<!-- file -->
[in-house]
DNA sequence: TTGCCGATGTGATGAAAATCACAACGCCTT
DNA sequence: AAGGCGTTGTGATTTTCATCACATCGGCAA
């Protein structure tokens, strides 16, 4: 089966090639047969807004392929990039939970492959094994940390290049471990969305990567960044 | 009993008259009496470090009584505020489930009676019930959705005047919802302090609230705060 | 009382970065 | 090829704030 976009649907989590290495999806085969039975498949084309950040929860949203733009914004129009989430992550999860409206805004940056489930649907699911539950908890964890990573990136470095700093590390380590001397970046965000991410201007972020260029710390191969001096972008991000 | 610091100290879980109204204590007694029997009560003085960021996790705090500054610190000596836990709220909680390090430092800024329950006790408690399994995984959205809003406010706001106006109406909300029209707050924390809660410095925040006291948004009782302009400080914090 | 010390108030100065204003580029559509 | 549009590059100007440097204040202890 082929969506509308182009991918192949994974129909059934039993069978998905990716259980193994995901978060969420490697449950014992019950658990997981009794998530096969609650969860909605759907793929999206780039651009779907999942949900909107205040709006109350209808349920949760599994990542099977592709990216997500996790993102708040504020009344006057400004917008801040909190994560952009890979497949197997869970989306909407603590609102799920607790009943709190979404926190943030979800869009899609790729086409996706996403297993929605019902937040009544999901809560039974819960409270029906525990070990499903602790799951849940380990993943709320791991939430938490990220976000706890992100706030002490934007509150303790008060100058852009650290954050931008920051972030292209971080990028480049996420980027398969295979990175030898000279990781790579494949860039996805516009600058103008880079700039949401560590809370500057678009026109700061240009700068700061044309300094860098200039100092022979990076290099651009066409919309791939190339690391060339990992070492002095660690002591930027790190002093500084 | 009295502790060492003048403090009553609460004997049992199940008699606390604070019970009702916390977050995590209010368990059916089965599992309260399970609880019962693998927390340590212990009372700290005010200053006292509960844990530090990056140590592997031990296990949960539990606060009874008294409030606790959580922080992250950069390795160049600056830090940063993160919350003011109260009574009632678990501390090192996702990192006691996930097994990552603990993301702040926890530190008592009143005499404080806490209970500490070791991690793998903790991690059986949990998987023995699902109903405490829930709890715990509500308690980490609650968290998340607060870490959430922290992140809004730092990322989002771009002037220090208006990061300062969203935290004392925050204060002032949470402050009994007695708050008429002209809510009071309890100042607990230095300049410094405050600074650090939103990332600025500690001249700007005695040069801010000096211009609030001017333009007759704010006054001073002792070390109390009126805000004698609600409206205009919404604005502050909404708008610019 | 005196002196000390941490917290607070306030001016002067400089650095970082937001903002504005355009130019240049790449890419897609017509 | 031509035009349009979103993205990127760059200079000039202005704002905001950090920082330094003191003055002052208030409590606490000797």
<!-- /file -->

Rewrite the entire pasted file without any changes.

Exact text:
[in-house]
DNA sequence: TTGCCGATGTGATGAAAATCACAACGCCTT
DNA sequence: AAGGCGTTGTGATTTTCATCACATCGGCAA
């Protein structure tokens, strides 16, 4: 089966090639047969807004392929990039939970492959094994940390290049471990969305990567960044 | 009993008259009496470090009584505020489930009676019930959705005047919802302090609230705060 | 009382970065 | 090829704030 976009649907989590290495999806085969039975498949084309950040929860949203733009914004129009989430992550999860409206805004940056489930649907699911539950908890964890990573990136470095700093590390380590001397970046965000991410201007972020260029710390191969001096972008991000 | 610091100290879980109204204590007694029997009560003085960021996790705090500054610190000596836990709220909680390090430092800024329950006790408690399994995984959205809003406010706001106006109406909300029209707050924390809660410095925040006291948004009782302009400080914090 | 010390108030100065204003580029559509 | 549009590059100007440097204040202890 082929969506509308182009991918192949994974129909059934039993069978998905990716259980193994995901978060969420490697449950014992019950658990997981009794998530096969609650969860909605759907793929999206780039651009779907999942949900909107205040709006109350209808349920949760599994990542099977592709990216997500996790993102708040504020009344006057400004917008801040909190994560952009890979497949197997869970989306909407603590609102799920607790009943709190979404926190943030979800869009899609790729086409996706996403297993929605019902937040009544999901809560039974819960409270029906525990070990499903602790799951849940380990993943709320791991939430938490990220976000706890992100706030002490934007509150303790008060100058852009650290954050931008920051972030292209971080990028480049996420980027398969295979990175030898000279990781790579494949860039996805516009600058103008880079700039949401560590809370500057678009026109700061240009700068700061044309300094860098200039100092022979990076290099651009066409919309791939190339690391060339990992070492002095660690002591930027790190002093500084 | 009295502790060492003048403090009553609460004997049992199940008699606390604070019970009702916390977050995590209010368990059916089965599992309260399970609880019962693998927390340590212990009372700290005010200053006292509960844990530090990056140590592997031990296990949960539990606060009874008294409030606790959580922080992250950069390795160049600056830090940063993160919350003011109260009574009632678990501390090192996702990192006691996930097994990552603990993301702040926890530190008592009143005499404080806490209970500490070791991690793998903790991690059986949990998987023995699902109903405490829930709890715990509500308690980490609650968290998340607060870490959430922290992140809004730092990322989002771009002037220090208006990061300062969203935290004392925050204060002032949470402050009994007695708050008429002209809510009071309890100042607990230095300049410094405050600074650090939103990332600025500690001249700007005695040069801010000096211009609030001017333009007759704010006054001073002792070390109390009126805000004698609600409206205009919404604005502050909404708008610019 | 005196002196000390941490917290607070306030001016002067400089650095970082937001903002504005355009130019240049790449890419897609017509 | 031509035009349009979103993205990127760059200079000039202005704002905001950090920082330094003191003055002052208030409590606490000797």